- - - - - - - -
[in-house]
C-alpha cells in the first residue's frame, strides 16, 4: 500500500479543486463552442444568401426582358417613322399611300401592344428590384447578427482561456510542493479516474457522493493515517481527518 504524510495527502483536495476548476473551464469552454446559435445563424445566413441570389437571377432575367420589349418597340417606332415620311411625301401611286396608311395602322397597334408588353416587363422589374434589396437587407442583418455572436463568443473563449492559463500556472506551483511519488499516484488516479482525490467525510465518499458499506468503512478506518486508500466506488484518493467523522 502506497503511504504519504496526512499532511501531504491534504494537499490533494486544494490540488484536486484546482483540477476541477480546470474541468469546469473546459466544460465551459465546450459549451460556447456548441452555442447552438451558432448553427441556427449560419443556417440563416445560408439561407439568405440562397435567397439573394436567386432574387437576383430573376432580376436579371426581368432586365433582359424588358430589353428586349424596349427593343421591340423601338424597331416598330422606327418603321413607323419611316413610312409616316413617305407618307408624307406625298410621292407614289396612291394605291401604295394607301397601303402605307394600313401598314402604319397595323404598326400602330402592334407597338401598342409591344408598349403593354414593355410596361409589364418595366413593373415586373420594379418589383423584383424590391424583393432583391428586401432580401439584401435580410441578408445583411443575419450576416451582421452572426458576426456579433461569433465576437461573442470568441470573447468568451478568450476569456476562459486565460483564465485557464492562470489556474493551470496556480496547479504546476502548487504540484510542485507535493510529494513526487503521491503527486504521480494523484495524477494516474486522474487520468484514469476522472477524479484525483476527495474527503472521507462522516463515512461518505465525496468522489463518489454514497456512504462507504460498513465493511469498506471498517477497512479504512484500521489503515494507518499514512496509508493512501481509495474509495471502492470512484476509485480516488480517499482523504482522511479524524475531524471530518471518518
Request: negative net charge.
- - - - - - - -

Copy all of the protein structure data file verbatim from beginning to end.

[in-house]
C-alpha cells in the first residue's frame, strides 16, 4: 500500500479543486463552442444568401426582358417613322399611300401592344428590384447578427482561456510542493479516474457522493493515517481527518 504524510495527502483536495476548476473551464469552454446559435445563424445566413441570389437571377432575367420589349418597340417606332415620311411625301401611286396608311395602322397597334408588353416587363422589374434589396437587407442583418455572436463568443473563449492559463500556472506551483511519488499516484488516479482525490467525510465518499458499506468503512478506518486508500466506488484518493467523522 502506497503511504504519504496526512499532511501531504491534504494537499490533494486544494490540488484536486484546482483540477476541477480546470474541468469546469473546459466544460465551459465546450459549451460556447456548441452555442447552438451558432448553427441556427449560419443556417440563416445560408439561407439568405440562397435567397439573394436567386432574387437576383430573376432580376436579371426581368432586365433582359424588358430589353428586349424596349427593343421591340423601338424597331416598330422606327418603321413607323419611316413610312409616316413617305407618307408624307406625298410621292407614289396612291394605291401604295394607301397601303402605307394600313401598314402604319397595323404598326400602330402592334407597338401598342409591344408598349403593354414593355410596361409589364418595366413593373415586373420594379418589383423584383424590391424583393432583391428586401432580401439584401435580410441578408445583411443575419450576416451582421452572426458576426456579433461569433465576437461573442470568441470573447468568451478568450476569456476562459486565460483564465485557464492562470489556474493551470496556480496547479504546476502548487504540484510542485507535493510529494513526487503521491503527486504521480494523484495524477494516474486522474487520468484514469476522472477524479484525483476527495474527503472521507462522516463515512461518505465525496468522489463518489454514497456512504462507504460498513465493511469498506471498517477497512479504512484500521489503515494507518499514512496509508493512501481509495474509495471502492470512484476509485480516488480517499482523504482522511479524524475531524471530518471518518
Request: negative net charge.